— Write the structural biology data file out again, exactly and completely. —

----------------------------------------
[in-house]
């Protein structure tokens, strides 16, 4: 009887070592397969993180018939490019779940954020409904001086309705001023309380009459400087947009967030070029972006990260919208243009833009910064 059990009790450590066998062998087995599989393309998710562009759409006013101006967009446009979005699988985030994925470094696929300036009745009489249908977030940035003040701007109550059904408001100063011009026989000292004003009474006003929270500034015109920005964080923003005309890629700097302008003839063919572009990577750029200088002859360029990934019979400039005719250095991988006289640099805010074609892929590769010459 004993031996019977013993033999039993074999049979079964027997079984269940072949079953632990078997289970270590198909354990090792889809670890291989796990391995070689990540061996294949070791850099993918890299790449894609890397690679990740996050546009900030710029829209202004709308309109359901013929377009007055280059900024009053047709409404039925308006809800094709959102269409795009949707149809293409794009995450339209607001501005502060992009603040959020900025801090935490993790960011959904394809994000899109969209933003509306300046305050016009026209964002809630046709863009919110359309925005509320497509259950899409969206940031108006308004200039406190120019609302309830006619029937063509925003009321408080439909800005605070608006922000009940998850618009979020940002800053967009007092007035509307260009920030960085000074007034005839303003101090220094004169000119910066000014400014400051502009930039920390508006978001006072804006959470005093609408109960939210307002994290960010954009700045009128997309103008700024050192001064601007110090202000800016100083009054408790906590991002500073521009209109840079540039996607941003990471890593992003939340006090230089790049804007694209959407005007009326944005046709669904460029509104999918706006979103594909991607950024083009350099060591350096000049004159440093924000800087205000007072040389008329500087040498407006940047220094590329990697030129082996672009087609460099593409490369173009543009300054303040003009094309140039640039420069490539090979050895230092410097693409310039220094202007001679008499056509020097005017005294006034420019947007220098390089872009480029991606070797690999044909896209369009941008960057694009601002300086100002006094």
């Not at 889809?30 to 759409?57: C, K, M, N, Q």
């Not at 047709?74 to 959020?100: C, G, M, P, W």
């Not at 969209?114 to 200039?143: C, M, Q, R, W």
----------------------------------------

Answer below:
[in-house]
């Protein structure tokens, strides 16, 4: 009887070592397969993180018939490019779940954020409904001086309705001023309380009459400087947009967030070029972006990260919208243009833009910064 059990009790450590066998062998087995599989393309998710562009759409006013101006967009446009979005699988985030994925470094696929300036009745009489249908977030940035003040701007109550059904408001100063011009026989000292004003009474006003929270500034015109920005964080923003005309890629700097302008003839063919572009990577750029200088002859360029990934019979400039005719250095991988006289640099805010074609892929590769010459 004993031996019977013993033999039993074999049979079964027997079984269940072949079953632990078997289970270590198909354990090792889809670890291989796990391995070689990540061996294949070791850099993918890299790449894609890397690679990740996050546009900030710029829209202004709308309109359901013929377009007055280059900024009053047709409404039925308006809800094709959102269409795009949707149809293409794009995450339209607001501005502060992009603040959020900025801090935490993790960011959904394809994000899109969209933003509306300046305050016009026209964002809630046709863009919110359309925005509320497509259950899409969206940031108006308004200039406190120019609302309830006619029937063509925003009321408080439909800005605070608006922000009940998850618009979020940002800053967009007092007035509307260009920030960085000074007034005839303003101090220094004169000119910066000014400014400051502009930039920390508006978001006072804006959470005093609408109960939210307002994290960010954009700045009128997309103008700024050192001064601007110090202000800016100083009054408790906590991002500073521009209109840079540039996607941003990471890593992003939340006090230089790049804007694209959407005007009326944005046709669904460029509104999918706006979103594909991607950024083009350099060591350096000049004159440093924000800087205000007072040389008329500087040498407006940047220094590329990697030129082996672009087609460099593409490369173009543009300054303040003009094309140039640039420069490539090979050895230092410097693409310039220094202007001679008499056509020097005017005294006034420019947007220098390089872009480029991606070797690999044909896209369009941008960057694009601002300086100002006094």
């Not at 889809?30 to 759409?57: C, K, M, N, Q």
């Not at 047709?74 to 959020?100: C, G, M, P, W």
């Not at 969209?114 to 200039?143: C, M, Q, R, W």